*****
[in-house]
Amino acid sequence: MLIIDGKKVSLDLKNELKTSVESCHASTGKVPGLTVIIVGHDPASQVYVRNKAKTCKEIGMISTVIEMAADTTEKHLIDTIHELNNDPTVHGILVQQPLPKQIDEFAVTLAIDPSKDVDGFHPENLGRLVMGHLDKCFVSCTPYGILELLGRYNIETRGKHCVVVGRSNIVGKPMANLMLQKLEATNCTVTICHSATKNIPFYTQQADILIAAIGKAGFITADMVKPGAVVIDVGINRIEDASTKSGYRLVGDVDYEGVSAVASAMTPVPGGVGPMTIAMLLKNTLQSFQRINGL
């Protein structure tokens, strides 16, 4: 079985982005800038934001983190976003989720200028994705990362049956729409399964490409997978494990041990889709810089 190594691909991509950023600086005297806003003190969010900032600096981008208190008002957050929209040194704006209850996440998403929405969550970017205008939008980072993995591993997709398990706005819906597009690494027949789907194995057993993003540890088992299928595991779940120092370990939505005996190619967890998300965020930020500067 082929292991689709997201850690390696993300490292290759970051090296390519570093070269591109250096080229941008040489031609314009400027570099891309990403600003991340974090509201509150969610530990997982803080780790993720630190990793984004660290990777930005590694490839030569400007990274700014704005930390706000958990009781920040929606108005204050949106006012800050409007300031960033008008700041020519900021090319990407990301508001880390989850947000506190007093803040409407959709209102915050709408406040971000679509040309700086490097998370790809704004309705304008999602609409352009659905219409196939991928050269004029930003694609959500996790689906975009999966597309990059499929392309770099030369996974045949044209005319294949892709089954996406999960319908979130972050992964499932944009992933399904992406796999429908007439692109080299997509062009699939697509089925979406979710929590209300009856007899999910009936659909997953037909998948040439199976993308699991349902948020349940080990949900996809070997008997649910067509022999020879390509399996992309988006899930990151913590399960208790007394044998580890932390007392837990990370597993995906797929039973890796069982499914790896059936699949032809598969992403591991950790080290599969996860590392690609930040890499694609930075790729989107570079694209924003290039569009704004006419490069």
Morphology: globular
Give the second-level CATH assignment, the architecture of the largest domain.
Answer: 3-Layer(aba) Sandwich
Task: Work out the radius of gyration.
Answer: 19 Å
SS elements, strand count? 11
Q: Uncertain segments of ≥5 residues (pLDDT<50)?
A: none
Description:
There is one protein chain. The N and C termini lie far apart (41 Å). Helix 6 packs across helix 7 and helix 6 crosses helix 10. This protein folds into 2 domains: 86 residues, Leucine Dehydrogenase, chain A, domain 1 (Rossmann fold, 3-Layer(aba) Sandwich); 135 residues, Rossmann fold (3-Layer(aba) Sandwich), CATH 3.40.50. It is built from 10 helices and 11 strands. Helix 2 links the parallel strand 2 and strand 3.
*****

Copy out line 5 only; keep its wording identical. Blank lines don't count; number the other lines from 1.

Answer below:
Give the second-level CATH assignment, the architecture of the largest domain.